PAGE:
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Study: Kids Go Digital, But TV Still Reigns
On a recent plane trip, the toddler in the row ahead of me reached through the gap in the seats and swooshed her finger across my iPad. She didn't speak; she didn't even look at me. She simply had a nearly instinctual response to my tablet: Swipe!
Not surprisingly, research confirms what I saw before my very eyes: Even little kids are digital pros. Seventy two percent of children under 8 have used a mobile device, and 38 percent of children under 2 have used one, according to Common Sense Media's new study, Zero to Eight: Children's Media Use in America 2013.
It's a dramatic increase in the two years since we first measured a significant surge in kids' mobile use in our 2011 Zero to Eight study. Both studies show the profound role media plays in children's lives -- and the importance of recognizing its impact.
Among the key findings:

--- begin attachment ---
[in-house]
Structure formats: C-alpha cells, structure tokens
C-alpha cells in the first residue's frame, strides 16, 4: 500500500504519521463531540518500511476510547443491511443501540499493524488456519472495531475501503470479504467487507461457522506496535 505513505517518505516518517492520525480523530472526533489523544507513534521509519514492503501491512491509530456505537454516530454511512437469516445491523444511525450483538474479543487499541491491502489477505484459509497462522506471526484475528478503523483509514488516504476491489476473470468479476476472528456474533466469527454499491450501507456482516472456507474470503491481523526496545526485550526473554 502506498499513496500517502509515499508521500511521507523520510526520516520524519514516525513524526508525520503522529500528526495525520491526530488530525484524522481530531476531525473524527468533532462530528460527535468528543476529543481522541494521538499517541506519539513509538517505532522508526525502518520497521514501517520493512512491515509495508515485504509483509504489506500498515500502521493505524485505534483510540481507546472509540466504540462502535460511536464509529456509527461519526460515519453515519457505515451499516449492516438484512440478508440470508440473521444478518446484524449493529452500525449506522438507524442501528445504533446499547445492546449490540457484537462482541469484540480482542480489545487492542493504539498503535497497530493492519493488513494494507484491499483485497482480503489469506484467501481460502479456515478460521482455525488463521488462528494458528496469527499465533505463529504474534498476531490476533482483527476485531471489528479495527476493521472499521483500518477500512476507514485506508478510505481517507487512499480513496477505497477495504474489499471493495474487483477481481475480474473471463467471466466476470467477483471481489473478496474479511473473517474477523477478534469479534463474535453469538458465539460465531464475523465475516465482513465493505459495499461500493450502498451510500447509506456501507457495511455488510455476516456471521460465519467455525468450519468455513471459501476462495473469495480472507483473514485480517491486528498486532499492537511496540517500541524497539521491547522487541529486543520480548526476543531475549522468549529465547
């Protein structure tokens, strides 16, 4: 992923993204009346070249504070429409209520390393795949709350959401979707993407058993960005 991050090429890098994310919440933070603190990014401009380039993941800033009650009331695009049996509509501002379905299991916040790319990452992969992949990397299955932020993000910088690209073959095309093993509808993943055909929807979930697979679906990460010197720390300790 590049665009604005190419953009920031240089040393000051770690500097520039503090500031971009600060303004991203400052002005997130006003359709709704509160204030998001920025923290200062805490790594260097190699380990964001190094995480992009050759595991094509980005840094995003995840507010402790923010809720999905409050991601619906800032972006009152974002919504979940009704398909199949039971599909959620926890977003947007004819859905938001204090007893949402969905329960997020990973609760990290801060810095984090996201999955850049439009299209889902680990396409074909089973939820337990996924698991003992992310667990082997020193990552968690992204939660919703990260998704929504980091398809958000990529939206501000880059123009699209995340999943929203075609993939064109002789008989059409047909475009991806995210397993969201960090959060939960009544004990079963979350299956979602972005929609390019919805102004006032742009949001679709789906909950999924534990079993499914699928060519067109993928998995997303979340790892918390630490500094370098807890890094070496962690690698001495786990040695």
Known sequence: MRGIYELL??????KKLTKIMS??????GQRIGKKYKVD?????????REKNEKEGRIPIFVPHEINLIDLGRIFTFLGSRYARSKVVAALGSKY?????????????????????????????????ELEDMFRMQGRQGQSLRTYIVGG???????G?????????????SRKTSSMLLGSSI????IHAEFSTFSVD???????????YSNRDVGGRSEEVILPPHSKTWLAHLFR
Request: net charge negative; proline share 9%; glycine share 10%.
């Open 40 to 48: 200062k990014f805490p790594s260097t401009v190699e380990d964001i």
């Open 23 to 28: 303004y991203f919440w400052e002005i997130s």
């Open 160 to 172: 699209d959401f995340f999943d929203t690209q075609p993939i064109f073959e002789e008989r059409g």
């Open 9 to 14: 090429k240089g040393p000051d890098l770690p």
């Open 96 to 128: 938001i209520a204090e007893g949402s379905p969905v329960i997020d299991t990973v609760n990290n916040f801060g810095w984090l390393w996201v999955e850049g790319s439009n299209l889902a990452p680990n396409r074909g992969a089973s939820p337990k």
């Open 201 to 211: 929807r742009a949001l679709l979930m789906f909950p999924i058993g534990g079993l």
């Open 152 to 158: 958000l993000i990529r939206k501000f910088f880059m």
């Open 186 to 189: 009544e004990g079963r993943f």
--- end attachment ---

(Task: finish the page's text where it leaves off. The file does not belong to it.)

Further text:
- Families love mobile devices. There's been a five-fold increase in ownership of tablet devices such as iPads, from 8 percent of all families in 2011 to 40 percent in 2013.
- Kids really love mobile devices. Almost twice as many children have used mobile media compared to two years ago, and the average amount of time children spend using mobile devices has tripled.
- Traditional media is on the decline. Time spent with screen media such as television, DVDs, video games, and computers is down substantially, by more than half an hour a day.
- TV is still king. Television continues to dominate children's media time, but new ways of watching now make up a large portion of viewing.
- There's a digital divide between rich and poor. Access to mobile media devices and applications among poor and minority children is much higher than it was two years ago, but a large gap between rich and poor persists.
- TV is the biggest provider of educational content. Among all 0- to 8-year-olds, 61 percent often or sometimes watch educational TV shows, compared with 38 percent who use educational content on mobile devices as frequently.
Understanding what kids are using, how they're using it, and how much time they spend on it can help lead to better products, better parenting, and better public policies. Media can have a profound effect -– both positive and negative -- on kids. If a 2-year-old can swipe a screen, we owe it to kids to create media and technology that maximizes the positives.